will work the same, if not better. Knowing this,
it becomes obvious that it is more important to consider the length of the boom,
rather than the number of elements a Yagi has, to gauge performance.
Front to Back has really improved as well. Typical
Front to Back ratios on the the "cut and try it" Yagi were about 15 dB -
20 dB (max) in the real world. A carefully designed antenna today
can see as much as 30 dB - 35 dB of "rejection" (CBer term for "Front to
Back ratio"). Some Yagis antennas have "corner nulls" (the back corners
of the beam
pattern) that can reach numbers as high as -70 dB! Computer modeling
also puts to rest the idea that Front to Back (F/B) ratio increases with
every element you add (commonly advertised by antenna manufacturers). In
fact - you can tune a 3 element Yagi to have as much Front to Back
as a 8 element Yagi! Gain usually goes up with a longer boom, but the
Front to Back ratio can be tuned up to about 30 dB on almost any
These days the CB band is really crowded. There are many guys out there
just jamming the channels - particularly 27.555Mhz (USB). The best
thing a serious DXer can do is to build a antenna with a very high Front
to Back (F/B) or Front to Rear (F/R) ratio to help knock down
these annoying station's signals (besides completely ignoring them).
This also serves to reduce multipath fading that occurs during a
DX contact. I set out to design
a antenna with the "cleanest" pattern, with the best F/R ratio I could
develop and cover from 27.405Mhz - 27.855Mhz with
with an optimum performance emphasis on 27.555Mhz . Most of the
offending stations I hear (on 27.555Mhz) come from due West, therefore I
designed a 4 element Yagi to have the greatest "rejection" to the west
when I have the antenna pointed towards the North East (see figure 1).
initial design was based on a 4 element Yagi for 24Mhz (12 Meter Ham
Band) from the 19th edition of the ARRL Antenna Book
(which also contains great detail on the physical construction of Yagi antennas). I remodeled this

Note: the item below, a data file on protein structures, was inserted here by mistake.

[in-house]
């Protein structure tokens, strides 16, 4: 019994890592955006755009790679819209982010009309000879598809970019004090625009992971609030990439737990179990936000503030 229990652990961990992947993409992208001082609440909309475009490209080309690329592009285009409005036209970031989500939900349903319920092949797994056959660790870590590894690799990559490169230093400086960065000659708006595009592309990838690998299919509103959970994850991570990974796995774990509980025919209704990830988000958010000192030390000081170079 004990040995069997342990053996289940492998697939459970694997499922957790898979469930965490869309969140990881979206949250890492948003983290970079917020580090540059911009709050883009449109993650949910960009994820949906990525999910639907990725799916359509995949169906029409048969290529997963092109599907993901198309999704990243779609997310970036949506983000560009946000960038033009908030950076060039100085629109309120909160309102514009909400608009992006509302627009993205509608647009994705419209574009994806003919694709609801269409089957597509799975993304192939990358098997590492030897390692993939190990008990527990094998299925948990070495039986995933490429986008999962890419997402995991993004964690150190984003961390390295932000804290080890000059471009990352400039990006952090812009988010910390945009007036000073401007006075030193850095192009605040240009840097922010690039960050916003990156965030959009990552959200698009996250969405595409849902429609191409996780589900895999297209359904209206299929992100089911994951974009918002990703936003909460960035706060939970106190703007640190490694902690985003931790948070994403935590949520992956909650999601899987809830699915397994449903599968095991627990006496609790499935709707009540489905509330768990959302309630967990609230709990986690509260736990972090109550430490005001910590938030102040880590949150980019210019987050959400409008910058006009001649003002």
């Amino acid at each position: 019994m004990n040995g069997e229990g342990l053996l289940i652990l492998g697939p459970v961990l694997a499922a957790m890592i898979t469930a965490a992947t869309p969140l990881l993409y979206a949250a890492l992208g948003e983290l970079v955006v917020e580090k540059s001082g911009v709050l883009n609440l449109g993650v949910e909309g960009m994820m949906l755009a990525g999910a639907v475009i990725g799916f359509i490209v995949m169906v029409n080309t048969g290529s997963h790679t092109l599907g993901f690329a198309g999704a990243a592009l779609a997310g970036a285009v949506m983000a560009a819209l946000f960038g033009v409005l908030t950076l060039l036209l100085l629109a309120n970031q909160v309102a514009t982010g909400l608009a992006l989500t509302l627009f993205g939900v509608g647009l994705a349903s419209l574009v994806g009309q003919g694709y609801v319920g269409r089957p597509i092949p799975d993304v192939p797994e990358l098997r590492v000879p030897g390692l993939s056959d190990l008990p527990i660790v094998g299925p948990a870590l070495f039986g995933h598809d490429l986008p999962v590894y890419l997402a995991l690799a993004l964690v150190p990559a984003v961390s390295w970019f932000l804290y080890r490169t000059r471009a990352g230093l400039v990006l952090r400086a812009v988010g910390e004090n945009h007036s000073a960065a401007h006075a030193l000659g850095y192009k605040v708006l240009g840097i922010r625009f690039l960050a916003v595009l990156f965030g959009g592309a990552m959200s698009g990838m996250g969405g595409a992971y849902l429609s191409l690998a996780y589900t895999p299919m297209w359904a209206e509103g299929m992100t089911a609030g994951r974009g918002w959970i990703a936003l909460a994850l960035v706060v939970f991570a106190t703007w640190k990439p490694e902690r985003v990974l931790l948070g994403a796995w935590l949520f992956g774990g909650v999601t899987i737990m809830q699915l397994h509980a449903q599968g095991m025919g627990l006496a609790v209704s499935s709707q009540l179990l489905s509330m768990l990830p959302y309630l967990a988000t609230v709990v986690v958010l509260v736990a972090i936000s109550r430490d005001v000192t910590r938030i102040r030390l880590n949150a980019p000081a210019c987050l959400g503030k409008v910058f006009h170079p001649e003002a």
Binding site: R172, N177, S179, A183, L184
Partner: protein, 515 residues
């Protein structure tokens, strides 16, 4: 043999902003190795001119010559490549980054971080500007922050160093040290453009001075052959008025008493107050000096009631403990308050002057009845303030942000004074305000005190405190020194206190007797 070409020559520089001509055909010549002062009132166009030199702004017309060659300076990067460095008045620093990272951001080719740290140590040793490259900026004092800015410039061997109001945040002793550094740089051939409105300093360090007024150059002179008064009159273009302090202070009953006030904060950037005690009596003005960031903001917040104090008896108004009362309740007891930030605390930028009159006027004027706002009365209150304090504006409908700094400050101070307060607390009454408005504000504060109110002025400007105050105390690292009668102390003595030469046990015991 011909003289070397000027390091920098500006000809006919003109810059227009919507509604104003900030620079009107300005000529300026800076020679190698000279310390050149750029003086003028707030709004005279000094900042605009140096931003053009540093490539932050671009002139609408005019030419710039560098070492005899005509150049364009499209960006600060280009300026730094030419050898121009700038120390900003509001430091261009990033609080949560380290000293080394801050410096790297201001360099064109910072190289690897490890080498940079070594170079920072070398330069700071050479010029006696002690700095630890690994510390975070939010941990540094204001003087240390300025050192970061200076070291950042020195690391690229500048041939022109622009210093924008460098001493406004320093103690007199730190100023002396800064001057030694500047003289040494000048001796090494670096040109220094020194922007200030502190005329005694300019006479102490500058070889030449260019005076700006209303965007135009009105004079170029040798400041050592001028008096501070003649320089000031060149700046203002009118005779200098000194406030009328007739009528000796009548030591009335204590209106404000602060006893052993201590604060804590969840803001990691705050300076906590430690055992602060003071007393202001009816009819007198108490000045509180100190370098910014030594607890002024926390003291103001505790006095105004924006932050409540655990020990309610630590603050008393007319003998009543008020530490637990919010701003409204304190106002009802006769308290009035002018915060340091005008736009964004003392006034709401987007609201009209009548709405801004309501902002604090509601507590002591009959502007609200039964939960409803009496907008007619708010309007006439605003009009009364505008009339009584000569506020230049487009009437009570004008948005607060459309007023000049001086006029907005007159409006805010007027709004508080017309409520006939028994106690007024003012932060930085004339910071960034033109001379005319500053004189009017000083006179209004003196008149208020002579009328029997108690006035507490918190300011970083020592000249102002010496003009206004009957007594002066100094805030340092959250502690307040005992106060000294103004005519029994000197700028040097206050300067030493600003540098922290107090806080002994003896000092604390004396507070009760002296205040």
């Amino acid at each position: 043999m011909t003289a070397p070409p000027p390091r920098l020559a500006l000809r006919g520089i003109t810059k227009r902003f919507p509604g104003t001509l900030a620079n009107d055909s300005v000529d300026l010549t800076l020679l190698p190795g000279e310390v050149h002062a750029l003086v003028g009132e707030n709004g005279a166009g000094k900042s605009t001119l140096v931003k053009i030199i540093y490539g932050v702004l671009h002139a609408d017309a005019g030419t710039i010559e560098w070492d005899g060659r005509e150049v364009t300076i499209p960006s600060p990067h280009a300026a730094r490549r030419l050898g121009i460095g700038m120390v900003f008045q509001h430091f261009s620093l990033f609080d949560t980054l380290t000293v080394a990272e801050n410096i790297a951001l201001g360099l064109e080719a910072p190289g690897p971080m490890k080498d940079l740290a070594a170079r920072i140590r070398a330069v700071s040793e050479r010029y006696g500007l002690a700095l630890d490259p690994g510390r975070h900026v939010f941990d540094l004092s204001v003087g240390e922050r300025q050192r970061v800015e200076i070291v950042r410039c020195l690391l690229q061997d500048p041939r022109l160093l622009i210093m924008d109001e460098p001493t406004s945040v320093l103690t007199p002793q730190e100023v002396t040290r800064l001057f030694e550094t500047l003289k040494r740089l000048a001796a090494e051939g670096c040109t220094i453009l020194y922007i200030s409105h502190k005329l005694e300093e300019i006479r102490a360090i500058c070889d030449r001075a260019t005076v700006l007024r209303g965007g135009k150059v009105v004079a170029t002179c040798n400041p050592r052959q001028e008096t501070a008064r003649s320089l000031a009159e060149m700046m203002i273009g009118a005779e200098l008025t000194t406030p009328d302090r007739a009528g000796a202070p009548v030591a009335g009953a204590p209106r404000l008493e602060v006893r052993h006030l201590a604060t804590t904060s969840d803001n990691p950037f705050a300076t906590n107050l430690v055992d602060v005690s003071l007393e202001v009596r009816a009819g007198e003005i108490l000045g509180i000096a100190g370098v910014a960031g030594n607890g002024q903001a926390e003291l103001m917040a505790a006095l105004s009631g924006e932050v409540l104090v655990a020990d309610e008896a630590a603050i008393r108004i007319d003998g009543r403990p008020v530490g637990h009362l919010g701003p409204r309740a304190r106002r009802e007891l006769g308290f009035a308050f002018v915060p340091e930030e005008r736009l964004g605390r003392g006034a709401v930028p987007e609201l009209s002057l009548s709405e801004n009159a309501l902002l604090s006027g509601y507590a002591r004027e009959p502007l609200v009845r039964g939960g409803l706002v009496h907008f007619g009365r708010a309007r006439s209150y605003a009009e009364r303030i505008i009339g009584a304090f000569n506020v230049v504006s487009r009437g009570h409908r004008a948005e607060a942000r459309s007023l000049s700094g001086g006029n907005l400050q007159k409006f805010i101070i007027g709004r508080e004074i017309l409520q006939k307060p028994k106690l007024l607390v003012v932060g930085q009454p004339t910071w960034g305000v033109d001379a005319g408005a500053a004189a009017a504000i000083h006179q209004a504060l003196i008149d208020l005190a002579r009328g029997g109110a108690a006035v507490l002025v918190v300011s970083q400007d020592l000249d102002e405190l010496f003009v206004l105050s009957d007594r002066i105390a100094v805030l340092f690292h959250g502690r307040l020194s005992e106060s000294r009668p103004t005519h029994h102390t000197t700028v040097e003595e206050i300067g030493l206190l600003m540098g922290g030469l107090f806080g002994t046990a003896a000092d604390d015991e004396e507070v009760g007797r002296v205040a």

antenna for 27.555Mhz using NEC-2, specifically using the computer software "NEC Win Plus", by Nittany-Scientific and
Multi-NEC, by Dan Maguire (Amateur Radio Operator, AC6LA).
Figure 1 Coming Soon...
The boom length is short - just under 14 feet long, which is short
compared to the common length of 16 feet most used for traditional 4
element Yagi for CB. To make construction simple, I ordered up a MaCo 4
element Yagi M104C
. For around 160$US (direct from MaCo), it represents a fair value.
You are getting everything you need, including the gamma matching
section, which is a pain to homebrew yourself. The stock MaCo 4
element is a pretty average performer out of the box. With around 9 dBi
of gain and a F/B around 20 dB, its performance is very typical - see
Figure 2 - The radiation pattern (in free space) of the stock MaCo 4 element Yagi on Channel 20
Frequently the freeband operator takes a beam antenna made for the
regular CB channels (26.965Mhz - 27.405Mhz) and uses the dimensions
straight from the owners
manual. Then the gamma match is adjusted for the best SWR on the
frequency of interest. This results in very poor
"rejection", because the beam antenna is being operated so far off its
designed center frequency (see Figure 3). This is one reason so many
people have resorted to
money making snake oil fixes on their beams, such as extra "rejection wires".
The correct fix is to rescale (actually remodeled) the antenna design
computer for the new center design frequency to insure a useable F/B
ratio over the new operating range. Figure 4 shows the performance data
for the M104C operating
on the "freeband".
Figure 3 - The radiation pattern (in free space) of the stock MaCo 4
element Yagi operating on 27.555Mhz. Since the antenna is
being operated so far off its center design frequency (27.205Mhz,
Channel 20) - the performance, primarily the "rejection", suffers
greatly. See the text for more detail.
Figure 4 - Gain, Front to Back and Front to Rear ratio of the stock MaCo 4 element Yagi from 27.405Mhz - 27.855Mhz.
Gain is up slightly, but the Front to Back ratio could be greatly improved.
With some adjustment of the boom length, element spacing and element